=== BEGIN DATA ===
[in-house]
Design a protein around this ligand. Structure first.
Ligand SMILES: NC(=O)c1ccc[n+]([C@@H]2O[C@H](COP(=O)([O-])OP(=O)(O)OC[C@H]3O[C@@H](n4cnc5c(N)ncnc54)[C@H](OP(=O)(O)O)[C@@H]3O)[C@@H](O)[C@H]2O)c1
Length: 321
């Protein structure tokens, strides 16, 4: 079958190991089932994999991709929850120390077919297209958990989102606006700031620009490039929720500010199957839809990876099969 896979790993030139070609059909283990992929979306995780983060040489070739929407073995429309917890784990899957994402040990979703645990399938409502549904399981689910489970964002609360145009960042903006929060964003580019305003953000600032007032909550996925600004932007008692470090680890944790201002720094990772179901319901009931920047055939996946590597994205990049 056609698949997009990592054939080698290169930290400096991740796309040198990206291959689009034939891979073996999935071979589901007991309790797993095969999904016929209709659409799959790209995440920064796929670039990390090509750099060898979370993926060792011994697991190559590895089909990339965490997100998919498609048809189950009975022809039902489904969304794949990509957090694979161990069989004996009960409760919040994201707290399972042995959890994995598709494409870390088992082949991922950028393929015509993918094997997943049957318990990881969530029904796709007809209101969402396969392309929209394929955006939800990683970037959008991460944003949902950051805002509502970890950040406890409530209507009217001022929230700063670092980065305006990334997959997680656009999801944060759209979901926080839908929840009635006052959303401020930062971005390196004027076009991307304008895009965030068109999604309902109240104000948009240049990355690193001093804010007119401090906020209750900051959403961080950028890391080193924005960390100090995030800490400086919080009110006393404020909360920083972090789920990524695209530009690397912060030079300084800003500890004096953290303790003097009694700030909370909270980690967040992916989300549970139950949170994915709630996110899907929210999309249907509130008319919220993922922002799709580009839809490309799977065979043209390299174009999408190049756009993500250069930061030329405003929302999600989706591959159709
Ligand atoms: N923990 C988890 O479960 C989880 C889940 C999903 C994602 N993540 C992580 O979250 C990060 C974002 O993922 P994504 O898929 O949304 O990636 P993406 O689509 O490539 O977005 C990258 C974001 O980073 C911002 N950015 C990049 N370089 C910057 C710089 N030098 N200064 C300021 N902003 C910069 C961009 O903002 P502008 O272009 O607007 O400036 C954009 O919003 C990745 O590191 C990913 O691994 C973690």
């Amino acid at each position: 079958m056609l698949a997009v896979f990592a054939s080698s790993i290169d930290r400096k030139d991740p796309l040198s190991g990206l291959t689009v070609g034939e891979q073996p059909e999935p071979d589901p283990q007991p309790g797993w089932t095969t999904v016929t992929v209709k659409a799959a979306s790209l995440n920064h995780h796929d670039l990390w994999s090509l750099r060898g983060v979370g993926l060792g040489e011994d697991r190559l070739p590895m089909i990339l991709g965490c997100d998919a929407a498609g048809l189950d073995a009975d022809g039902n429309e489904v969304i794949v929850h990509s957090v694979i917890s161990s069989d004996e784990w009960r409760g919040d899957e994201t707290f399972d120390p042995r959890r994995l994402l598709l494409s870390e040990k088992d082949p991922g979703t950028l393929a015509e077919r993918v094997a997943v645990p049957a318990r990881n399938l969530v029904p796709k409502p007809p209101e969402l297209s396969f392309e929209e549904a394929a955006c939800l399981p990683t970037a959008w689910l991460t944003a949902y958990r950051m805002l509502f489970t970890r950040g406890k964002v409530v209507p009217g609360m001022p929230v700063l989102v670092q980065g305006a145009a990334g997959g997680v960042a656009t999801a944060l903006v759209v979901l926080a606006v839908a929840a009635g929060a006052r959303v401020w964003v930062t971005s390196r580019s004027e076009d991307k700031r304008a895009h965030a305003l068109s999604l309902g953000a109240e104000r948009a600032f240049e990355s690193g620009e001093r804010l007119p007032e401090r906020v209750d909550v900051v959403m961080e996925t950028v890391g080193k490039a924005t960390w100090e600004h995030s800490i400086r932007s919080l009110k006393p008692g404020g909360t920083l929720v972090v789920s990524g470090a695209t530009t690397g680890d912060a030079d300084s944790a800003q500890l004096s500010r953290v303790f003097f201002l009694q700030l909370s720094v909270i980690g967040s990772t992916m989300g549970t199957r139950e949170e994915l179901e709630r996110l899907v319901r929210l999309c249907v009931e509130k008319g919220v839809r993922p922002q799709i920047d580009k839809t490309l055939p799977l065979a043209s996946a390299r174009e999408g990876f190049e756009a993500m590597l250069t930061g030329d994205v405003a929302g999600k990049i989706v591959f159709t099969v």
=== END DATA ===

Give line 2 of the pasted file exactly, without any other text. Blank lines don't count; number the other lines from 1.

Design a protein around this ligand. Structure first.